A torus palatinus is a slow-growing, tumor-like bony growth that develops on the midline of the roof of the mouth. Tori are smooth, and can be either broad and flat, or knob-shaped. They can exist in clusters or as singular growths. They will vary greatly in size, both in diameter and in elevation, and will range from single, slightly elevated nodules or flat lesions, to large bulbous masses. Sometimes, several fused nodules will form a single tumor-like mass. Typically they are little more than an annoyance, causing no pain and requiring no treatment unless they interfere with the placement of a denture. When the torus is large, it is subject to irritation and ulceration from repeated trauma. Once injured, these growths can be slow to heal because of the limited number of blood vessels on their thin tissue surface. They can also become infected and very painful, making it difficult to eat and drink. Occasionally, the underlying bone may become infected, which can be very painful and quite slow to heal. The tendency to develop these growths appears to be hereditary. They occur most frequently in females, Native Americans and Eskimos.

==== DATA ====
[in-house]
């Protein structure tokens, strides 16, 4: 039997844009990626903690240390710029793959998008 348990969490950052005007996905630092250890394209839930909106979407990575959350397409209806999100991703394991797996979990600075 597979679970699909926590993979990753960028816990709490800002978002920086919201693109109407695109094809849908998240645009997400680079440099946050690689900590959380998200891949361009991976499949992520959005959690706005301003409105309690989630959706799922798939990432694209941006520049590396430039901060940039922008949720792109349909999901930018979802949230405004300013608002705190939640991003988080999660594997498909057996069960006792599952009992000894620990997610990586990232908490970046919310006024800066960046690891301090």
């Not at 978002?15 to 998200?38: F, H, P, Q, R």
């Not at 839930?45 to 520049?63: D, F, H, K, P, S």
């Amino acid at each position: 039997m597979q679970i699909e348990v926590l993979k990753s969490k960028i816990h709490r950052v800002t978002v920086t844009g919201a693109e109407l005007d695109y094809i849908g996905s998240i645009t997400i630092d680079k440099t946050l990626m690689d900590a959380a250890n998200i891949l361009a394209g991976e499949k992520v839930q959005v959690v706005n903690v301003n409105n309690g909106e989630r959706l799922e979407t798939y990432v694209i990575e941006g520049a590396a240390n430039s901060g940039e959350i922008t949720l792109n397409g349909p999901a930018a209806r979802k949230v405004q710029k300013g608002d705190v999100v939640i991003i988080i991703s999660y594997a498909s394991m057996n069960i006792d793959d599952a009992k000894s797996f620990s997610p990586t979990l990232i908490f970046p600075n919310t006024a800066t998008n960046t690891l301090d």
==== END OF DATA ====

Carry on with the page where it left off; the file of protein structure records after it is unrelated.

* To guard against the infection that can result from persistent ulceration on the skin that covers the growth.